Geography Reference
In-Depth Information
continuing liberalization of China's agro-economy induces most farmers to participate in
the market in order to provide a decent standard of living for their families.
However, market-driven agriculture under the Household Responsibility System creates
as the state provides less security and fewer services than it had during the socialist peri-
od. High-value commodity crops, such as walnuts, are not a viable strategy for displaced
households. Such households tend to make up for this deficiency by relying on government
compensation and by participating in a wide array of wage labor and entrepreneurial activ-
ities. They also depend on the support and reciprocity of their extended families and their
In the summer of 2009, while conducting research in Fengqing County, our survey group
been completed by that point, and the reservoir was partially filled. Many villages were
already under water, their inhabitants living in the migrant village in the township cen-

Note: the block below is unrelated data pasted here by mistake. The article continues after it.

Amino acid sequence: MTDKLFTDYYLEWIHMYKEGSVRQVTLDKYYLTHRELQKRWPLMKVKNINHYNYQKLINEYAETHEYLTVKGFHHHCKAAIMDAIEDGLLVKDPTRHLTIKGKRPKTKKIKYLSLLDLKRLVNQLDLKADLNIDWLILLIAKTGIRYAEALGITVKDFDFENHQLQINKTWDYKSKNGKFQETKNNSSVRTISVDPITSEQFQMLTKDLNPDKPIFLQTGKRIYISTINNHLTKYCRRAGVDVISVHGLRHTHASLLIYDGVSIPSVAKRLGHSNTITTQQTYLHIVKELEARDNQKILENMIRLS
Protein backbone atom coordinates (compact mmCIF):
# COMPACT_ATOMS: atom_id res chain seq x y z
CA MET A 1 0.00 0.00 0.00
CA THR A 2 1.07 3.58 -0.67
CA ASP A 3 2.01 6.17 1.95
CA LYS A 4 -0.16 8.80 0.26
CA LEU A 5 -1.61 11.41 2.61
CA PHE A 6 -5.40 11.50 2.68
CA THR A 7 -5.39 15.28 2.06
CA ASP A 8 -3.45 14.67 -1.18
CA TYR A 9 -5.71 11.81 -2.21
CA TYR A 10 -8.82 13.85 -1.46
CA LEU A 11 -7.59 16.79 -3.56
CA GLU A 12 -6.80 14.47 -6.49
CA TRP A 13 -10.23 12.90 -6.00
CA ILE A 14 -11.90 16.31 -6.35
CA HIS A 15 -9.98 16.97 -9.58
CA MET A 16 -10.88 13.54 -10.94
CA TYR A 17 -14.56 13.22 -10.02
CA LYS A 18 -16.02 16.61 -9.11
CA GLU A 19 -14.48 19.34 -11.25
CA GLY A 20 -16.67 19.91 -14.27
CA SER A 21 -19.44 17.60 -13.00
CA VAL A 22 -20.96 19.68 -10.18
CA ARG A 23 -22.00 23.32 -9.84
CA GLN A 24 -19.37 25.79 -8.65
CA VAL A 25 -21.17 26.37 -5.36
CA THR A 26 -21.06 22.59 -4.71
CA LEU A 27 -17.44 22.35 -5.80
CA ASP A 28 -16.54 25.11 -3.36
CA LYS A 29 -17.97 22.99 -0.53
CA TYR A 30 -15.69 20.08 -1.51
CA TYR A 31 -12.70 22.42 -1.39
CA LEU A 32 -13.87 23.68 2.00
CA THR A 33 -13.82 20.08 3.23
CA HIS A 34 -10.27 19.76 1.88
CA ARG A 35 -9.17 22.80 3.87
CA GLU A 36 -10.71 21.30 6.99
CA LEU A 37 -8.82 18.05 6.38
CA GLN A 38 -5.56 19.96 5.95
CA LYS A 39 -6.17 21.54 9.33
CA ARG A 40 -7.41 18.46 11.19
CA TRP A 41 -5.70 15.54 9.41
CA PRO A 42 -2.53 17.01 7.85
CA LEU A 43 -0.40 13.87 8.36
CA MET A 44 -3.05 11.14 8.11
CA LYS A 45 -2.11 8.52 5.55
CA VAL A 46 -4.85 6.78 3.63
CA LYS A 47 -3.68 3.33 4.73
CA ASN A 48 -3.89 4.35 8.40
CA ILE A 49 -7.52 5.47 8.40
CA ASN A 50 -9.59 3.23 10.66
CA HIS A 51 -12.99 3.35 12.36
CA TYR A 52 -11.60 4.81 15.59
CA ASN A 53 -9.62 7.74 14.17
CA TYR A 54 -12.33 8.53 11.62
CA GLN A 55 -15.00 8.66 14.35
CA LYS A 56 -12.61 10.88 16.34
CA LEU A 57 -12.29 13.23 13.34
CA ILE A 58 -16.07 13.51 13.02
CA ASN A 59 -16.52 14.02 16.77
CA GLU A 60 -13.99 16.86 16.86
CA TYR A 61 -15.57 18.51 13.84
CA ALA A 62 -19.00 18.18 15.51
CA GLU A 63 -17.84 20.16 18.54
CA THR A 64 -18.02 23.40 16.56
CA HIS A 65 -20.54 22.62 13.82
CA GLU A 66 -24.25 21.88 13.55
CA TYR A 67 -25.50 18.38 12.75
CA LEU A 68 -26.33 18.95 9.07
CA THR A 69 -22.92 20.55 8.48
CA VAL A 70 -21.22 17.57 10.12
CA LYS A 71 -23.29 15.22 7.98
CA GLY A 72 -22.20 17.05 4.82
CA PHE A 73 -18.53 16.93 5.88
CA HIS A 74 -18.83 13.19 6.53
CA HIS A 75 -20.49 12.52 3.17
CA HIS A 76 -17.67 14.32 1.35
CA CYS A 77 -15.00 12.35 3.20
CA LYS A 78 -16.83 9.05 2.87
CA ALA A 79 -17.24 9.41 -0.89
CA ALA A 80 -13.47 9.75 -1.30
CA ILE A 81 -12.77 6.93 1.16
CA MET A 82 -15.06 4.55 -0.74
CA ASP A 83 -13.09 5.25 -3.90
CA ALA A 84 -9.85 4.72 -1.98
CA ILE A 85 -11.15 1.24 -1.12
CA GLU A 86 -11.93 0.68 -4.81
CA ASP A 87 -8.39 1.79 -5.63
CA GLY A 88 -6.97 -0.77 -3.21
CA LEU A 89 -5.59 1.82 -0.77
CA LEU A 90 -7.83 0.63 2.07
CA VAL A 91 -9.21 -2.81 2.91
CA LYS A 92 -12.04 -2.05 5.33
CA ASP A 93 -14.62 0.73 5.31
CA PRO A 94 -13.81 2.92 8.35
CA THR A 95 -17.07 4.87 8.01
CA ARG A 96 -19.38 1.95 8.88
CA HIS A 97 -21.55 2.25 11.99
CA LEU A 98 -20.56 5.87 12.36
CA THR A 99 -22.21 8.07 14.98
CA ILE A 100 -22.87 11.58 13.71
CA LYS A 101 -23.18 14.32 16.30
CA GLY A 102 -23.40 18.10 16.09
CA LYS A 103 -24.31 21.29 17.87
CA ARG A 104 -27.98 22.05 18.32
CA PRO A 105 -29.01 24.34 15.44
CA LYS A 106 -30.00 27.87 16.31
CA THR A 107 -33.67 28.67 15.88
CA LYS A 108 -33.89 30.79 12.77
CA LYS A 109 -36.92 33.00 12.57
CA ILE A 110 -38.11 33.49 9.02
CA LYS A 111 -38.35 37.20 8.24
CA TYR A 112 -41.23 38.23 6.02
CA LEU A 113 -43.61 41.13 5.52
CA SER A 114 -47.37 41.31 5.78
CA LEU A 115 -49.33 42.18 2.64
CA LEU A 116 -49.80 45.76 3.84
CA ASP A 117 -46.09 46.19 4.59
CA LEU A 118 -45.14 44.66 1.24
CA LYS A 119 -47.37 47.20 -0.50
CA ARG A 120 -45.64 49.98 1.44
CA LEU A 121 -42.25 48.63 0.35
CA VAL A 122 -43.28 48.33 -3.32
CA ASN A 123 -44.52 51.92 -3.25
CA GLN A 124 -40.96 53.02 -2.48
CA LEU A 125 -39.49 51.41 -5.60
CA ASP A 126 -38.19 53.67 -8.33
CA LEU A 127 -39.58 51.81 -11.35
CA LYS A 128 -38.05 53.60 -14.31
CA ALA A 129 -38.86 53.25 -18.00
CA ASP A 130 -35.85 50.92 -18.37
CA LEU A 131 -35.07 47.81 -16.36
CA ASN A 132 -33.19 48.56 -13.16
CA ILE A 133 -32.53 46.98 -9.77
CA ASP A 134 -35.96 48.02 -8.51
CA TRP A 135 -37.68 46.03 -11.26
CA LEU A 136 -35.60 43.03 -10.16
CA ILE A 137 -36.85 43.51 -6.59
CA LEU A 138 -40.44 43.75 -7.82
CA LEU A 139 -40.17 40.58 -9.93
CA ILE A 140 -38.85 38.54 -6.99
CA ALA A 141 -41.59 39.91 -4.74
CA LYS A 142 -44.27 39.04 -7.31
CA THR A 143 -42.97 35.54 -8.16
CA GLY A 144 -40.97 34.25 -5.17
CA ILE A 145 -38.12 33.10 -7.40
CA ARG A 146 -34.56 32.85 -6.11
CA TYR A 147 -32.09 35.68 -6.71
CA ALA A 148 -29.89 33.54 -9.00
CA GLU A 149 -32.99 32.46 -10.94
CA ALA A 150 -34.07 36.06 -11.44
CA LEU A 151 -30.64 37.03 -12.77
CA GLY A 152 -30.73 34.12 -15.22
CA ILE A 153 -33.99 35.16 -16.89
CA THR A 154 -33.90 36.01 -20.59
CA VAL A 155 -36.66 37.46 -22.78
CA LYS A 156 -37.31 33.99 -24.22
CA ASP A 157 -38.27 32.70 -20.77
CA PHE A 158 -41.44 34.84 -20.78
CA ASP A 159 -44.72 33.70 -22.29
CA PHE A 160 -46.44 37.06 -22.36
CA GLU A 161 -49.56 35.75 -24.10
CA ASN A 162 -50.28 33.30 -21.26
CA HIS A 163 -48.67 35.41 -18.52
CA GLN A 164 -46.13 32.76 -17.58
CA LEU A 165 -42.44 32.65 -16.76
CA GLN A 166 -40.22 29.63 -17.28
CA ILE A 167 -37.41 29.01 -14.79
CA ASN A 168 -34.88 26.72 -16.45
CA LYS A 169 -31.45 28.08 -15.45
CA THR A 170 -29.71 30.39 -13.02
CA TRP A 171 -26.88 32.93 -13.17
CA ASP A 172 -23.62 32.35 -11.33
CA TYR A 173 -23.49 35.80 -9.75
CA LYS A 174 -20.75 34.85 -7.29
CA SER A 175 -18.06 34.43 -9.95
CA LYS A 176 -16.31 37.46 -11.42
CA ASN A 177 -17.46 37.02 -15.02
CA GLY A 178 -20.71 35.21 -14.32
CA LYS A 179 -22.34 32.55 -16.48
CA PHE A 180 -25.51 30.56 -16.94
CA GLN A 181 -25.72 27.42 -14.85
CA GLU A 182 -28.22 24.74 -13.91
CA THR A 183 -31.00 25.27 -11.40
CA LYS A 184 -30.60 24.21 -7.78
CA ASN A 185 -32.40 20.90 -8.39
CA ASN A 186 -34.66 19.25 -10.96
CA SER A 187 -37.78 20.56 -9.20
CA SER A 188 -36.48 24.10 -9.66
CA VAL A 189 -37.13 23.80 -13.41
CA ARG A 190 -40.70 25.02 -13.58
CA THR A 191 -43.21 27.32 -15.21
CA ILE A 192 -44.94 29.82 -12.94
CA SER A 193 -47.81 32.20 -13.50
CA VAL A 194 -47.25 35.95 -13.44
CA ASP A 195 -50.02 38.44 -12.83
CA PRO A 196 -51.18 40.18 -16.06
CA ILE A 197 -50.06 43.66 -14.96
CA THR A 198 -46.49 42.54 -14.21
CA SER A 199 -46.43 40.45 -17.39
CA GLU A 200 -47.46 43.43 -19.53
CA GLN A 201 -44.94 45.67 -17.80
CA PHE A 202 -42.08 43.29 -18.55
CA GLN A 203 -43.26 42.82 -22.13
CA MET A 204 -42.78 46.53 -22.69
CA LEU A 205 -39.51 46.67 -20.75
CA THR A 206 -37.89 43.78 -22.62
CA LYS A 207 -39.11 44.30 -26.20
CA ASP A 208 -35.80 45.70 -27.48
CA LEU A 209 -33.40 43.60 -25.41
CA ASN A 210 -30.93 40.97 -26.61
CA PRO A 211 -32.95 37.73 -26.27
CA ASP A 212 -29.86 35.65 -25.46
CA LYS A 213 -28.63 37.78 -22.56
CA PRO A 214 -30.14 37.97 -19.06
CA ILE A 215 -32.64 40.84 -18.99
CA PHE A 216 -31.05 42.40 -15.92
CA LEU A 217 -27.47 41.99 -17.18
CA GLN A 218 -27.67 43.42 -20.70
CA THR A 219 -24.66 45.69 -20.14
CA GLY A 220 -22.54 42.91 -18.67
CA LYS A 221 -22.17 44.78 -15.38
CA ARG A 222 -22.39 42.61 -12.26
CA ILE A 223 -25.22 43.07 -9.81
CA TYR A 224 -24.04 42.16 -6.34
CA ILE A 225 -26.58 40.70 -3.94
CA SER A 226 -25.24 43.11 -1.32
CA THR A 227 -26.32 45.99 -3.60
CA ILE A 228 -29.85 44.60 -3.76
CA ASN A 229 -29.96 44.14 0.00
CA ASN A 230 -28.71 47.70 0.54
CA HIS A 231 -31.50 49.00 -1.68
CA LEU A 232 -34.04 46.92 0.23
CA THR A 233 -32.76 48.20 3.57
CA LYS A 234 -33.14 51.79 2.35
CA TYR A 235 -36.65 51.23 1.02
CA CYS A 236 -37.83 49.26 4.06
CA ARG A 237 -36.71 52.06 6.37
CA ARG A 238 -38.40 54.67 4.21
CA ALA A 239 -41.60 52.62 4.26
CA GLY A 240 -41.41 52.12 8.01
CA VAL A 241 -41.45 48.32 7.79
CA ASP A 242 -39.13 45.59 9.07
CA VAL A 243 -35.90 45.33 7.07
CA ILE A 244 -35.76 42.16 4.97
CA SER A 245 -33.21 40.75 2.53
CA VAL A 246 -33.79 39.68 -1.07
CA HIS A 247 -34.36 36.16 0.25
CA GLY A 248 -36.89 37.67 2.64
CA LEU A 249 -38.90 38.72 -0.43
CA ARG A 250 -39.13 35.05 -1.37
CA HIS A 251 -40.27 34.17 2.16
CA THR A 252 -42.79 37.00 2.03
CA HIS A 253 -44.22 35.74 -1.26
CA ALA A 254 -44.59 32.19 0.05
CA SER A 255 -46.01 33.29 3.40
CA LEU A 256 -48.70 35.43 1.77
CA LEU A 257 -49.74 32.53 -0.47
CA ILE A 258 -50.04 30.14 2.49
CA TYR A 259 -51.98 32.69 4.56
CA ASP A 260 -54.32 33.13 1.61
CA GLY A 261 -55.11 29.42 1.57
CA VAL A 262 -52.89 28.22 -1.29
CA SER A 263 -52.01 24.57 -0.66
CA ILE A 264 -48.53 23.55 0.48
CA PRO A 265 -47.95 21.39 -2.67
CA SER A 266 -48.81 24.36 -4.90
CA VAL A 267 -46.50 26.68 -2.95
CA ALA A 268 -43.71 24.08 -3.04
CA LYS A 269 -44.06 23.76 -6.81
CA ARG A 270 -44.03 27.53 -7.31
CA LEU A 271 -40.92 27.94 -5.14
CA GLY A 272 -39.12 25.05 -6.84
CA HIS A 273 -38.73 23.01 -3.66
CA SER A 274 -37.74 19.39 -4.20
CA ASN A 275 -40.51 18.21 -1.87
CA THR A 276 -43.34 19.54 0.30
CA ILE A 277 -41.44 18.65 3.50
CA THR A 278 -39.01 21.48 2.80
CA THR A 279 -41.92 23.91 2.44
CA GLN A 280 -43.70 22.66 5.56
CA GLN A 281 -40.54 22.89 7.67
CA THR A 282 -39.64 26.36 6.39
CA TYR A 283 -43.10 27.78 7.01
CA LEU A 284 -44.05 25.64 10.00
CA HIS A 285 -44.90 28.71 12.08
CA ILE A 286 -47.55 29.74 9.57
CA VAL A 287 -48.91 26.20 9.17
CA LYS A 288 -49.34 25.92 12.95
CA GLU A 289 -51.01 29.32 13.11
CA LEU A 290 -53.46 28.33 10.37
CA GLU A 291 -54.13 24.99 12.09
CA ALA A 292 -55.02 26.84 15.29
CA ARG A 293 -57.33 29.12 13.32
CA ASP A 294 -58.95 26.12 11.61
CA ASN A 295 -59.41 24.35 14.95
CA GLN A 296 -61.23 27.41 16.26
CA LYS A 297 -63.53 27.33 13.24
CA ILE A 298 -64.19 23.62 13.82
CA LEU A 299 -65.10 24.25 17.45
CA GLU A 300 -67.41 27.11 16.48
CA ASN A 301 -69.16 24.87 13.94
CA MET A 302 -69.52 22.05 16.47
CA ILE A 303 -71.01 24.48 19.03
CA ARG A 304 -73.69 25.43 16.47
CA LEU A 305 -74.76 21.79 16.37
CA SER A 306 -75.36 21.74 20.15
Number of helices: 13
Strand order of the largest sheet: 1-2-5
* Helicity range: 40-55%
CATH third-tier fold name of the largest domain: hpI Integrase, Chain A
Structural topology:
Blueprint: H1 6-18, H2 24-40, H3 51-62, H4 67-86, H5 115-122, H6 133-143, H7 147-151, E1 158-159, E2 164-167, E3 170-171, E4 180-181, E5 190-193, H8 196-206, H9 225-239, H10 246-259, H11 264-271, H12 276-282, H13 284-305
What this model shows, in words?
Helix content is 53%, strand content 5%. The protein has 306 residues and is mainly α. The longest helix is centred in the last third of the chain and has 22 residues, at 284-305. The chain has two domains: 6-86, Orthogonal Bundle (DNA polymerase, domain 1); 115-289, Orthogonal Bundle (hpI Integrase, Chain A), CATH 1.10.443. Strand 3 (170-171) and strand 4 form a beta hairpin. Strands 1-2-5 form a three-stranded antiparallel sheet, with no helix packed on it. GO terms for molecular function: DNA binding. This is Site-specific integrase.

ter. The rain that day was ferocious, coming in sideways sheets of water, and debris from
numerous small landslides blocked the road in some places. We parked our van on the
shoulder of the road and began a long hike down a winding, muddy path to the village; the
footing was treacherous and slow going, and our group was passed several times by local
villagers wearing old-fashioned palm-fiber capes as rain slickers. 14
After half an hour of hiking, our guide, a local Yi man, received a call on his mobile
phone, and the tone of his voice quickly turned dark. The call was from the village mayor,
who was on his way down the trail to retrieve us, accompanied by another village official
and a representative from Huaneng Corporation. After a short wait under the cover of trees,
the men met us on the trail, informing us that we couldn't proceed to the village because
it was “unsafe.” Accustomed to dealing with bureaucratic obstruction disguised as concern
er on the mountain and away from the reservoir catchment area. The officials, however,
were adamant that we had to turn around.
Disappointed and soggy, we returned to the main road, where the vice county head,
wearing a police rain slicker and flanked by two Public Security Bureau officials, met us.
After ensuring that our documentation was in order, he told us about the tragic events of
the previous night and our unfortunate timing that had coincided with them. On July 20
at 3:00 a.m., a landslide had occurred in a hamlet adjacent to the river. At least 900 cubic
meters of mountainside had sloughed off into the river, which was already swollen as the
reservoir filled and the monsoon rains poured down, causing a surge that wiped out several
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